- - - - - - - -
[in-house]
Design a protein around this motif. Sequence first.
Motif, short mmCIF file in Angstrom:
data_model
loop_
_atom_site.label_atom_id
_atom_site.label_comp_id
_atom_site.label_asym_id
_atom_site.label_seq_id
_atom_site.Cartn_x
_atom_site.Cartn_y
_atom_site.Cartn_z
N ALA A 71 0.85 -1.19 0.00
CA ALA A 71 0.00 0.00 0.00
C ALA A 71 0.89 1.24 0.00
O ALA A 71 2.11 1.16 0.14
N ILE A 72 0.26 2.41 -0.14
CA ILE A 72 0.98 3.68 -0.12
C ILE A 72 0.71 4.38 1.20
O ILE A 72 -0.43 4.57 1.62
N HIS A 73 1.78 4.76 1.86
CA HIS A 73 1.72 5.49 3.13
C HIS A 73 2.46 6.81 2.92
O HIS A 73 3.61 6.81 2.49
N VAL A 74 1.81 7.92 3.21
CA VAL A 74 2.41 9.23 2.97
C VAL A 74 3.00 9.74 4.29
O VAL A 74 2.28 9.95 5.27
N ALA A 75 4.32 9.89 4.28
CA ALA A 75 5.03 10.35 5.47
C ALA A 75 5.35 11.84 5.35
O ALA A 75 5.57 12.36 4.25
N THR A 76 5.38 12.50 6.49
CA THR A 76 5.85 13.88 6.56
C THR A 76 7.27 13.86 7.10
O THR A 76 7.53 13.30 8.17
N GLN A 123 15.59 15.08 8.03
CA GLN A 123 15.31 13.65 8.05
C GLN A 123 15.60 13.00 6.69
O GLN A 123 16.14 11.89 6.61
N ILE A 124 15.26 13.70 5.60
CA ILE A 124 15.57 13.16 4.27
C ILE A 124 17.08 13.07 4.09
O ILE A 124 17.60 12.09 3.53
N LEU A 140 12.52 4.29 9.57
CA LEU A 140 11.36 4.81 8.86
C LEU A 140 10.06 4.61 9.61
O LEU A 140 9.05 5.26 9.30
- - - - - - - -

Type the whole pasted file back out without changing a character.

[in-house]
Design a protein around this motif. Sequence first.
Motif, short mmCIF file in Angstrom:
data_model
loop_
_atom_site.label_atom_id
_atom_site.label_comp_id
_atom_site.label_asym_id
_atom_site.label_seq_id
_atom_site.Cartn_x
_atom_site.Cartn_y
_atom_site.Cartn_z
N ALA A 71 0.85 -1.19 0.00
CA ALA A 71 0.00 0.00 0.00
C ALA A 71 0.89 1.24 0.00
O ALA A 71 2.11 1.16 0.14
N ILE A 72 0.26 2.41 -0.14
CA ILE A 72 0.98 3.68 -0.12
C ILE A 72 0.71 4.38 1.20
O ILE A 72 -0.43 4.57 1.62
N HIS A 73 1.78 4.76 1.86
CA HIS A 73 1.72 5.49 3.13
C HIS A 73 2.46 6.81 2.92
O HIS A 73 3.61 6.81 2.49
N VAL A 74 1.81 7.92 3.21
CA VAL A 74 2.41 9.23 2.97
C VAL A 74 3.00 9.74 4.29
O VAL A 74 2.28 9.95 5.27
N ALA A 75 4.32 9.89 4.28
CA ALA A 75 5.03 10.35 5.47
C ALA A 75 5.35 11.84 5.35
O ALA A 75 5.57 12.36 4.25
N THR A 76 5.38 12.50 6.49
CA THR A 76 5.85 13.88 6.56
C THR A 76 7.27 13.86 7.10
O THR A 76 7.53 13.30 8.17
N GLN A 123 15.59 15.08 8.03
CA GLN A 123 15.31 13.65 8.05
C GLN A 123 15.60 13.00 6.69
O GLN A 123 16.14 11.89 6.61
N ILE A 124 15.26 13.70 5.60
CA ILE A 124 15.57 13.16 4.27
C ILE A 124 17.08 13.07 4.09
O ILE A 124 17.60 12.09 3.53
N LEU A 140 12.52 4.29 9.57
CA LEU A 140 11.36 4.81 8.86
C LEU A 140 10.06 4.61 9.61
O LEU A 140 9.05 5.26 9.30